Innovation Case Study 1: Levenfeld Pearlstein

07.10.19 | Posted By: Susan Duncan

Levenfeld Pearlstein is a 75-lawyer firm in Chicago. Its innovative CEO, Angie Hickey, recently shared her insights at the P3 Conference about how the firm has adopted a corporate style Customer Experience culture that sets it apart.  Their client focus permeates everything the firm does both internally and externally.

The firm was founded in 1999 in large part to create a different kind of law firm, one that was focused on developing loyal client relationships and producing exceptional client value. There are a number of aspects to the firm’s culture that are distinctive and innovative, and they are embodied in their model “The LP Way™.”  Unlike some firms that tout slogans or promote innovative aspects of their client value initiatives without the backing of measurements and frameworks, The LP Way™ actually is a business strategy.  It is used as the basis for how the firm attracts, develops and rewards talent and how it ensures consistency, transparency and satisfaction to clients.

Many years ago, firms began developing client service standards, protocols and strategies.  An example of a firm that was way out in front on this was Miles & Stockbridge who at the direction of their former visionary CEO and Chairman John Frisch, developed a set of client-focused values, a service pledge, a robust client feedback program and policies, programs and training to indoctrinate all lawyers and staff in exceptional client service practices. While some other firms carried through on their promises, many inadequately delivered on the client service pledges they published on their web sites.

 

The Levenfeld Pearlstein Client Service Pledge

 

  • Know your client
  • No surprises
  • Move with speed and quality
  • Establish expectations, then beat them

 

The LP Way™: Five Components

 

“The LP Way™ ensures we attract and hire talented people, provide them with effective practice groups and strong support systems, and that they adhere to our non-negotiable values.”   

 

Levenfeld Pearlstein walks the walk it talks. Its core values and service pledge permeate every aspect of the way the firm functions and delivers services to its clients.  The core components of its LP Way™ business strategy include:

 

Attract and retain talent. The firm has developed methods to better assess and develop the types of people who reflect the skills and values the firm’s client-focused mission requires. It promotes its values to the external market in order to attract the candidates who most want to join them on this mission.  Their performance review of lawyers intentionally excludes billable hour metrics – other skills, behaviors and attitudes are more important.

 

Lead by example. When new people join the firm, they are indoctrinated into the non-negotiable values of the LP Way™. The firm demands, through carrot and stick, adherence to putting clients first, a commitment to one’s own personal development and responsibility, collaboration and its “no asshole” rule.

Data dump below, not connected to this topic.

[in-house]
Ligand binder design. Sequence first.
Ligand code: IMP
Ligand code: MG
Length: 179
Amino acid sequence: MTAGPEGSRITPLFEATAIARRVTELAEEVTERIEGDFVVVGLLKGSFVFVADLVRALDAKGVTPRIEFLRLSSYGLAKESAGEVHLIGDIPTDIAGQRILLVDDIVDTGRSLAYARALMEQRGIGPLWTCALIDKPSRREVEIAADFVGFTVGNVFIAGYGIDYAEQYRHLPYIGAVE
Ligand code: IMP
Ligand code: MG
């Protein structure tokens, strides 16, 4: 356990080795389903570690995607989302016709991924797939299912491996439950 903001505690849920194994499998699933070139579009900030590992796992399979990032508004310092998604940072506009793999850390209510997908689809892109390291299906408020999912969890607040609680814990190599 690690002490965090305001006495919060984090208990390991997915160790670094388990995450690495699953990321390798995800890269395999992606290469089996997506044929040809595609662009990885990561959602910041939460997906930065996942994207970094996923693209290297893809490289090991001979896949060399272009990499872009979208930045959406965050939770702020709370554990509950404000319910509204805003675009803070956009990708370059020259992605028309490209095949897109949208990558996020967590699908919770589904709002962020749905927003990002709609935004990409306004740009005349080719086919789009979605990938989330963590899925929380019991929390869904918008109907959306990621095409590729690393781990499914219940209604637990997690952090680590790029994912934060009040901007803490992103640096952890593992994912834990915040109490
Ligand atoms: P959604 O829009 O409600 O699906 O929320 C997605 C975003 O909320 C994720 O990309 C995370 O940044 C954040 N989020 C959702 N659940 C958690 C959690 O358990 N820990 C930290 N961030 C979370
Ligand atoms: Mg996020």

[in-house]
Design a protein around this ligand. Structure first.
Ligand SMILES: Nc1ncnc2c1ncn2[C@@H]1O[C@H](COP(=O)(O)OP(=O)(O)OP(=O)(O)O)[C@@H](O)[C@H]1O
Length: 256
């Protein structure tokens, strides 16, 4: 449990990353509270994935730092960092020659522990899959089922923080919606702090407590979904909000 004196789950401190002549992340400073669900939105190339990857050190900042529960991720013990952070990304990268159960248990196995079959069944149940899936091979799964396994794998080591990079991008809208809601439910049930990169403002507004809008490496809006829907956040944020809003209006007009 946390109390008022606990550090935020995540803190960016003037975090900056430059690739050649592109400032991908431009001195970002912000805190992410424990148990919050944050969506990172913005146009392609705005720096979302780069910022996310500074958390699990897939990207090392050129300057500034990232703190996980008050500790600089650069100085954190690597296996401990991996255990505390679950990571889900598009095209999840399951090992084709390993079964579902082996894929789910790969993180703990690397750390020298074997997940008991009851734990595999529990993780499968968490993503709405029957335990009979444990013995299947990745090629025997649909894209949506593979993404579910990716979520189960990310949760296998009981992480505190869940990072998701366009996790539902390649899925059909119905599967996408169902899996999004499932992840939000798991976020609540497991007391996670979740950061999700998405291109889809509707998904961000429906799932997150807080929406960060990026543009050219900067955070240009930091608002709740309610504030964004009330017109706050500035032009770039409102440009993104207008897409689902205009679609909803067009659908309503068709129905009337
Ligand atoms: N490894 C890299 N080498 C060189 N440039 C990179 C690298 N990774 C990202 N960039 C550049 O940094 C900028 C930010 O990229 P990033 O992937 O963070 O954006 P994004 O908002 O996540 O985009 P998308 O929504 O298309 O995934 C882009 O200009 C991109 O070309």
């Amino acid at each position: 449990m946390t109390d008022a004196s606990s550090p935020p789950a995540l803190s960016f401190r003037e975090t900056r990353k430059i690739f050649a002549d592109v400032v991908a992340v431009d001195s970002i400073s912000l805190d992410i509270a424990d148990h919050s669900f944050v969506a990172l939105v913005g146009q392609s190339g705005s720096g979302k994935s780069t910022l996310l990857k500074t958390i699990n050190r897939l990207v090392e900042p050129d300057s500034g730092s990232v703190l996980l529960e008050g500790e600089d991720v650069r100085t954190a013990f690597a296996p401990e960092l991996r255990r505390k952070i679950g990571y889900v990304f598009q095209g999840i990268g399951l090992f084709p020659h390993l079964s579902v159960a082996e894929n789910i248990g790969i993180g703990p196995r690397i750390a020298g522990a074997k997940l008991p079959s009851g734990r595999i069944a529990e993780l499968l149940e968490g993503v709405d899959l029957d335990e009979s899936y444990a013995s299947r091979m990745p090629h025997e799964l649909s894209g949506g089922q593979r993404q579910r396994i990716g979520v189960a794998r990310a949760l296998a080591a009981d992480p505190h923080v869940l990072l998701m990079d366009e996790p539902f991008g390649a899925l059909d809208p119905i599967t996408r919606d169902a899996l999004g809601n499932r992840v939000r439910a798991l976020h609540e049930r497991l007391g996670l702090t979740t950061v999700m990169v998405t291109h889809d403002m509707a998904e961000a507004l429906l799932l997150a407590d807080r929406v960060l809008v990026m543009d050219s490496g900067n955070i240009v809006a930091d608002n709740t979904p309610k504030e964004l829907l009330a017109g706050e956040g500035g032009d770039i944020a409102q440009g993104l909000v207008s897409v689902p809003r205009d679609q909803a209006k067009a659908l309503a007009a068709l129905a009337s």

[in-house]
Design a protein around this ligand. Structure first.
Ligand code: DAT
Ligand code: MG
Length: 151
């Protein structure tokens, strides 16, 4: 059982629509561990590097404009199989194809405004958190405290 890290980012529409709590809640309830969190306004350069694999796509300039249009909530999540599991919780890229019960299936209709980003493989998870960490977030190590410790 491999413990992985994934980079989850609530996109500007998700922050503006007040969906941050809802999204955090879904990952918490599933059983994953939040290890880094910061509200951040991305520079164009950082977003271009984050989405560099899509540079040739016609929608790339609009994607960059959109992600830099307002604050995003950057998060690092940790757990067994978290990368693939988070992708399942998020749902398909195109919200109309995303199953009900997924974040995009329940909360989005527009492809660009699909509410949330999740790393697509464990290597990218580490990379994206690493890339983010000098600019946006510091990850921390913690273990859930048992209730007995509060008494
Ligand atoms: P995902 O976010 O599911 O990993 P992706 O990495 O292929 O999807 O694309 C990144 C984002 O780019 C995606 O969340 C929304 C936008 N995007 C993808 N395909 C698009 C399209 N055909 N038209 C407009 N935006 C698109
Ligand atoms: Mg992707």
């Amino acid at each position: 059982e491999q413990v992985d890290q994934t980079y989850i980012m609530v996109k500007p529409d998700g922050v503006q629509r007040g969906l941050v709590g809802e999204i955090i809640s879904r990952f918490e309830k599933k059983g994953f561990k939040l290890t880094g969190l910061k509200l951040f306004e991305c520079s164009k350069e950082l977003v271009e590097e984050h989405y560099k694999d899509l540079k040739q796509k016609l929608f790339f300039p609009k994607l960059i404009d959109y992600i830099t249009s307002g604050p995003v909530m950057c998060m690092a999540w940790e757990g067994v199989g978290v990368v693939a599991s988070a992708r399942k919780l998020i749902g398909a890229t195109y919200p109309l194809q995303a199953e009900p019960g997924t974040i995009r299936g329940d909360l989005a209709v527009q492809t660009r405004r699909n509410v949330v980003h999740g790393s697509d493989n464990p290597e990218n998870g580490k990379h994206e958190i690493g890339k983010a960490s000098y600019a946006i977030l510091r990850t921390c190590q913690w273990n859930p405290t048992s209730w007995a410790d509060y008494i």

Cultivate effective practice groups. Levenfeld Pearlstein’s client-facing services are delivered through the firm’s practice groups. Given their importance, this is where the firm ensures that process improvement and project management happen, that best practices and knowledge are captured and shared across practice groups, that innovation is explored and that business and client relationship plans are executed by the group and individual lawyers.

 

Align systems. This aspect of firm management is perhaps most important in ensuring that The LP Way™ is required and reinforced.  Through governance and succession planning, professional development including business, professional, leadership and personal, promotion and compensation, and the firm’s operations functions, the client-centered values and strategies are developed, executed, improved, monitored, measured and improved.  As an example, the firm regularly puts groups of lawyers and professionals through a Legal Lean Sigma programs to train them on process improvement.

 

Ask for feedback.  The firm conducts client feedback interviews and regularly seeks input. But perhaps as importantly, it promotes self-awareness and self-improvement through 360 reviews and an emphasis on lifelong learning.  This focus on continuous improvement support innovation and provides a safe place for LP personnel to think creatively about, experiment with and even fail at better ways to service clients.

 

Transparency Around Pricing

 

The firm has dedicated a section of its website to the discussion of pricing and its efforts to define and provide value.  Included in the pricing section is information about:

  • Different types of pricing models and fee structures
  • How it scopes projects
  • How it manages client expectations

Its billing rates are listed but most significantly, it includes a description of how it determines its billing rates which is not done in lock-step by years of experience or across the board increases.

Innovation in law firms takes many forms but is most effective when it is directed and supported from the top and becomes an integral part of the firm’s culture.  At its core, innovation must begin with a single focus on client service, value and needs. This is what Levenfeld Pearlstein perpetuates throughout the firm.